Teaching long-term kingdom thinking
by Anthony Bradley
Posted on Wednesday, November 2, 2011, at 4:11 pm
If you want to radically change the lives of men and women in low-income neighborhoods, then emphasize the kingdom in your teaching. Over the past few years I've had the opportunity to mentor young people from low-income neighborhoods and broken families. In that work I've found that the biggest conceptual hurdle was not the gospel but helping young people graduate from short-term thinking to long-term thinking. When you have no money and no hope for the future you are likely to spend all of your energy thinking about gratifying desires today.
"Eat, drink, and be merry for tomorrow we die," say the Epicurean. This is motto of short-term thinking. Paul challenges this way of thinking by focusing on the believer's future resurrection (1 Corinthians 15:32). There is more to life than this life. Moreover, our ultimate satisfaction with life cannot even be found in this life but in the one to come for those who are united to Christ.
Jesus teaches us not to store up treasures on earth but to think about our lives in light of heaven (Matthew 6:19-21). In fact, Jesus' teaching on the kingdom (Matthew 6:33) helps condition us to embrace long-term thinking and delayed gratification. We are to seek first the kingdom of God and all that that entails, and rest in the sovereign providence of God for what we need today and tomorrow. This is not only good practical theology, but it also liberates us from the short-term thinking that dominates low-income communities and keeps people from making wise choices.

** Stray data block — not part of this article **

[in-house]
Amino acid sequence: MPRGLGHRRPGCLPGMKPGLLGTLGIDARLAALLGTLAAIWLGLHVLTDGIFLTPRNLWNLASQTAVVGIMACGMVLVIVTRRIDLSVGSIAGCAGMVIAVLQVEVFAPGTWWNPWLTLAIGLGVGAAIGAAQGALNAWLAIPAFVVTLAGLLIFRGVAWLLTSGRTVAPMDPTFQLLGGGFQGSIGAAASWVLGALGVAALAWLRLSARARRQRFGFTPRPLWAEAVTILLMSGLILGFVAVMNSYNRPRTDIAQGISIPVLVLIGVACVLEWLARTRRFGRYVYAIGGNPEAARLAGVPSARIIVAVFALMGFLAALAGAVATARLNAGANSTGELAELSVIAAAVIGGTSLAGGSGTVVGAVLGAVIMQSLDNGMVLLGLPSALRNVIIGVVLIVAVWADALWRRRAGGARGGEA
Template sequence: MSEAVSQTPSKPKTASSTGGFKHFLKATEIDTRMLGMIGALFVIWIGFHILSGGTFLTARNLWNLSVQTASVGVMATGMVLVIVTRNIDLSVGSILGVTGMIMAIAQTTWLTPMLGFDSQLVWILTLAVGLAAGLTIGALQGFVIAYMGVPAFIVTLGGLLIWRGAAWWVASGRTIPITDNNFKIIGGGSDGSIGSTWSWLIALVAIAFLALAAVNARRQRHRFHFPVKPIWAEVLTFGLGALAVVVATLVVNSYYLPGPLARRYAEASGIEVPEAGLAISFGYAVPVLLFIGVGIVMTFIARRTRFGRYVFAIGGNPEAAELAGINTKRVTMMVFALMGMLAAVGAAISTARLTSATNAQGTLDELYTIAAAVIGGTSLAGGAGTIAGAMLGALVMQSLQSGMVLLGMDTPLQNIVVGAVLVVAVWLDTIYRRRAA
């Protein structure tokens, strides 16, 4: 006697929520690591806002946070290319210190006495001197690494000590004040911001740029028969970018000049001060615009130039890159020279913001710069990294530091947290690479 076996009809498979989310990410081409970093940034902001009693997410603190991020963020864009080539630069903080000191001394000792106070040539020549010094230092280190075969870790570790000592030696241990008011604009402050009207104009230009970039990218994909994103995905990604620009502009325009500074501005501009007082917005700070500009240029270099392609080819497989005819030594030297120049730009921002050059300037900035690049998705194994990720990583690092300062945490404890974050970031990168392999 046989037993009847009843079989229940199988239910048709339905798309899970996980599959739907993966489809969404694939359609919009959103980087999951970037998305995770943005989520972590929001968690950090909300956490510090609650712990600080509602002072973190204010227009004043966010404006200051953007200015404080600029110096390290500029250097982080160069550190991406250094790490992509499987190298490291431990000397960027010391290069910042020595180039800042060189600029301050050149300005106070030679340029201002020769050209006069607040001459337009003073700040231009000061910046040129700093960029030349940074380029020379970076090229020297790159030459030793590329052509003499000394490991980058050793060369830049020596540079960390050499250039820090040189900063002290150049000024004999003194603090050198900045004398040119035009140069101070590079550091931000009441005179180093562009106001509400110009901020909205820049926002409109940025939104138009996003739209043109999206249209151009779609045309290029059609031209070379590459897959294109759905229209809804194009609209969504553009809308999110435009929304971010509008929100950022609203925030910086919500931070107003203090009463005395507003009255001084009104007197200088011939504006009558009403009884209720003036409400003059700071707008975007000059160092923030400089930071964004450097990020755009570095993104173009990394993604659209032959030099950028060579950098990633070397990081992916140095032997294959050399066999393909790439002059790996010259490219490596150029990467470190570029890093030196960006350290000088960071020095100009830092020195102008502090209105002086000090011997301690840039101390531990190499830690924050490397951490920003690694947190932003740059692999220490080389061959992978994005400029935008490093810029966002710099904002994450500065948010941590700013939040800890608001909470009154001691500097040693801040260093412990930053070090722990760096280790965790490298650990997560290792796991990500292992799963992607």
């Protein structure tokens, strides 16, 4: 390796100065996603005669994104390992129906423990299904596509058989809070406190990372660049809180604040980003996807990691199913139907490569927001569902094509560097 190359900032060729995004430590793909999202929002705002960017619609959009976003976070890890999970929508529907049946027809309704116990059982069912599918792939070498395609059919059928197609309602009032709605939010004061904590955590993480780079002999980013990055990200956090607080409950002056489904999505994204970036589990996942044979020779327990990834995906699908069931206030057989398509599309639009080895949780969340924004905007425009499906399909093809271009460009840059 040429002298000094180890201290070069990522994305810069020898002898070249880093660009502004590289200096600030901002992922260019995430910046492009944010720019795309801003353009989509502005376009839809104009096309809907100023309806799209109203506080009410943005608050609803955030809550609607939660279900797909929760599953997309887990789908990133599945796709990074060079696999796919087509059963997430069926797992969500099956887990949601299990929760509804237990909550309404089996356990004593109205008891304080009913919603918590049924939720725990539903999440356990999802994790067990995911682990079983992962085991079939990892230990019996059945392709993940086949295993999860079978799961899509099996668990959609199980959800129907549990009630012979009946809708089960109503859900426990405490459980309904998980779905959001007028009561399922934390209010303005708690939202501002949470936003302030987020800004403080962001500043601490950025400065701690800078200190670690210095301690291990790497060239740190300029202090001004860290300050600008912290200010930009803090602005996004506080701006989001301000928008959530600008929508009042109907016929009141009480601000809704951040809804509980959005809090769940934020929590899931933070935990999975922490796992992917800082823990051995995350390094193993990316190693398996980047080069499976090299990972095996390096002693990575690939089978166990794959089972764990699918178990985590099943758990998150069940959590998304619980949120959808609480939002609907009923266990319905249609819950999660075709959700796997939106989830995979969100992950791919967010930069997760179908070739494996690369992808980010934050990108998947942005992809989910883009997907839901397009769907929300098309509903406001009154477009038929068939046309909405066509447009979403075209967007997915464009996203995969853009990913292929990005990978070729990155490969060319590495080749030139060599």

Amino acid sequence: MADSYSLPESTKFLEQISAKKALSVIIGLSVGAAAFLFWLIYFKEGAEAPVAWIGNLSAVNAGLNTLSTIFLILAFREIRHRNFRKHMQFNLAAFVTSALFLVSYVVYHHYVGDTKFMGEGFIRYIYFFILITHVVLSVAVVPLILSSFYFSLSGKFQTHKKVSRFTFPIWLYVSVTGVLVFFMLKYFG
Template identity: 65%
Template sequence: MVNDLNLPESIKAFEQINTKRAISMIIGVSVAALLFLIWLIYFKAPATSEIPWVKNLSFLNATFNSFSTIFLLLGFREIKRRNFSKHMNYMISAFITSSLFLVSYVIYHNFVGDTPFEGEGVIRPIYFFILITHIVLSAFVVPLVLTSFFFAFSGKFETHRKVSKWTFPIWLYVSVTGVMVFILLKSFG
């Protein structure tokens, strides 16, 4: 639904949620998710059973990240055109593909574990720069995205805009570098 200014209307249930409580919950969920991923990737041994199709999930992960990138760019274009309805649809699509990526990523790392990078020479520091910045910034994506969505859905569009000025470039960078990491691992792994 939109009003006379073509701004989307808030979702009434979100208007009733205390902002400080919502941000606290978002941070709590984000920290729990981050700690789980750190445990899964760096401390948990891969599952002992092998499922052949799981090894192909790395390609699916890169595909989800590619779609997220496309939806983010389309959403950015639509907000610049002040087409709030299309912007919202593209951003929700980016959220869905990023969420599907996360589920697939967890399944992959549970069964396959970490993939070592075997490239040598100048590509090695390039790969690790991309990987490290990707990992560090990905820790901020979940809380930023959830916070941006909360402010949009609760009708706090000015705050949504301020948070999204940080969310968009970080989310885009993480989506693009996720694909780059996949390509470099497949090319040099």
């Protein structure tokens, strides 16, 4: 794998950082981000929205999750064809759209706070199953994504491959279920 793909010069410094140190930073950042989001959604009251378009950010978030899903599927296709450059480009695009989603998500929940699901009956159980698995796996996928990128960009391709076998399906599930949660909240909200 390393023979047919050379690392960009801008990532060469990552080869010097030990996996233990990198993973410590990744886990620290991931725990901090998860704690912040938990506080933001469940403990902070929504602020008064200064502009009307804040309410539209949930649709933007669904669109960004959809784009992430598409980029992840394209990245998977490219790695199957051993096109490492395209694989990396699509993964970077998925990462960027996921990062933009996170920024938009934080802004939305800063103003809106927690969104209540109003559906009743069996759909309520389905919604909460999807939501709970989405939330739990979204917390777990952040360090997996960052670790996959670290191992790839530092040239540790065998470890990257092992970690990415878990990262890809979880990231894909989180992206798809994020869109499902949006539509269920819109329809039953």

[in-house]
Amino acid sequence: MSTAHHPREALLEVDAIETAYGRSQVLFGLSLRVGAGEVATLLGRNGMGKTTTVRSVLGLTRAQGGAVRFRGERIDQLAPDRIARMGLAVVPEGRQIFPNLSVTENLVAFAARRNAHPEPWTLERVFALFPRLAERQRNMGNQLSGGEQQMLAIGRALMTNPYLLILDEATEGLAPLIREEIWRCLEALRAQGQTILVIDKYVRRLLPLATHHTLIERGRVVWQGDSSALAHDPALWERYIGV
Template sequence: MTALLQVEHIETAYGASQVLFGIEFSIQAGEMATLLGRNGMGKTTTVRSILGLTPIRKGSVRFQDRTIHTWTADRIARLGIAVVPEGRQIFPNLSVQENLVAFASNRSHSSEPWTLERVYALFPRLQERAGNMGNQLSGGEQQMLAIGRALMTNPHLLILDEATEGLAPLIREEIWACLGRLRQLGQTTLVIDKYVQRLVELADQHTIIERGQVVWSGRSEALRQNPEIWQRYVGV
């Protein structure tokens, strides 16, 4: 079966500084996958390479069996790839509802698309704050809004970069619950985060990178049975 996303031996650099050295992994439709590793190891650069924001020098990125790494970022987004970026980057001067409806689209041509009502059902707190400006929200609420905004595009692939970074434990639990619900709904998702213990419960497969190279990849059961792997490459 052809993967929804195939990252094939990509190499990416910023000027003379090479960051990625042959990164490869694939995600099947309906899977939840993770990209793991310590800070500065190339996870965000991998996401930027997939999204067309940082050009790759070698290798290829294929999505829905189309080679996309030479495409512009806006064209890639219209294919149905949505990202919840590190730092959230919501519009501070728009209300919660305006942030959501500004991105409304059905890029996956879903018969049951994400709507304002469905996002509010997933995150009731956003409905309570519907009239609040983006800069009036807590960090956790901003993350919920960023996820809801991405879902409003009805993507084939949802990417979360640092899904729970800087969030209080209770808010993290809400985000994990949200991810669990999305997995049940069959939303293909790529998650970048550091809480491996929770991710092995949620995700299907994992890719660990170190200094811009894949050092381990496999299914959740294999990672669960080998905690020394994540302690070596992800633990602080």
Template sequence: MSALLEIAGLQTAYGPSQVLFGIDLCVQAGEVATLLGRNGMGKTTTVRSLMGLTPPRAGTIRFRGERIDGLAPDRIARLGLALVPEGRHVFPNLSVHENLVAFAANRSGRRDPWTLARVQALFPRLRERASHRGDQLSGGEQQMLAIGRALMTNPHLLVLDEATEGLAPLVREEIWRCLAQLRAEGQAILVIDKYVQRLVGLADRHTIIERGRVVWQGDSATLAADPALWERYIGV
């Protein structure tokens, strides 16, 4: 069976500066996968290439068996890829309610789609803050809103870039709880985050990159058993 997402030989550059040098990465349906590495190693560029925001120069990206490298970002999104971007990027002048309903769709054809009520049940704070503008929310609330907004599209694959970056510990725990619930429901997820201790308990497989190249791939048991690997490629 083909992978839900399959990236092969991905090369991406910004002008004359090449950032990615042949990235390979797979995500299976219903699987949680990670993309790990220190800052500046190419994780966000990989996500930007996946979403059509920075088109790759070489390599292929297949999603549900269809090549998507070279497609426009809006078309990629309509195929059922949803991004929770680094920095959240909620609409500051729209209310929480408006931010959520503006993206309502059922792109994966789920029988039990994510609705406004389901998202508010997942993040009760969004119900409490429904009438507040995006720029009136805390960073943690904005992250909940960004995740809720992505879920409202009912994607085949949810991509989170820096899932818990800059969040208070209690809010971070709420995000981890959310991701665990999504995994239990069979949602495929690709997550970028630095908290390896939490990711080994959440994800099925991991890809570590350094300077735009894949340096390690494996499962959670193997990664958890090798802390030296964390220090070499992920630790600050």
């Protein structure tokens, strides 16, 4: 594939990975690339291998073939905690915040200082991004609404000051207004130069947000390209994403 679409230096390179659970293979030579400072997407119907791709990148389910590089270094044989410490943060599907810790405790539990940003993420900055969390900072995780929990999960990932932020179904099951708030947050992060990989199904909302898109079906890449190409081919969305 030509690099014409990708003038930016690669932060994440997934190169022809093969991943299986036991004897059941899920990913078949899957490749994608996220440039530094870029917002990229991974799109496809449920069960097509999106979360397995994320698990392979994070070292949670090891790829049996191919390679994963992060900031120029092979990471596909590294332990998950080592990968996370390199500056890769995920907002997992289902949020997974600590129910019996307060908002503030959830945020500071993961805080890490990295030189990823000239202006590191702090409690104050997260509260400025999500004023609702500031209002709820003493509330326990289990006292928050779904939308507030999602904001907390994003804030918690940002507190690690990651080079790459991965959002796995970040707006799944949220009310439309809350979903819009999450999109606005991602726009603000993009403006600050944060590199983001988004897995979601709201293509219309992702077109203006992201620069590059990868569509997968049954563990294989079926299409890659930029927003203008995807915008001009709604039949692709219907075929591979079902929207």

In Gospel of the Kingdom: Scriptural Studies in the Kingdom of God, George Ladd rightly stresses the importance of the kingdom this way:
"The Kingdom of God is the redemptive reign of God dynamically active to establish his rule among men, and that this Kingdom, which will appear as an apocalyptic act at the end of the age, has already come into human history in the person and mission of Jesus to overcome evil, to deliver men from its power, and to bring them into the blessings of God's reign. The Kingdom involves two great moments: fulfillment within history, and consummation at the end of history."
If the kingdom is not the central theme when working in low-income communities we may not be helping people as much as we think. The ability to practice the virtue and wisdom of delayed gratification in this life is primed to perfection by the gospel of Jesus Christ, which orients our lives toward the priorities of the kingdom to be consummated at the end of history.
Anthony is associate professor of religious studies at The King's College in New York and a research fellow at the Acton Institute for the Study of Religion and Liberty.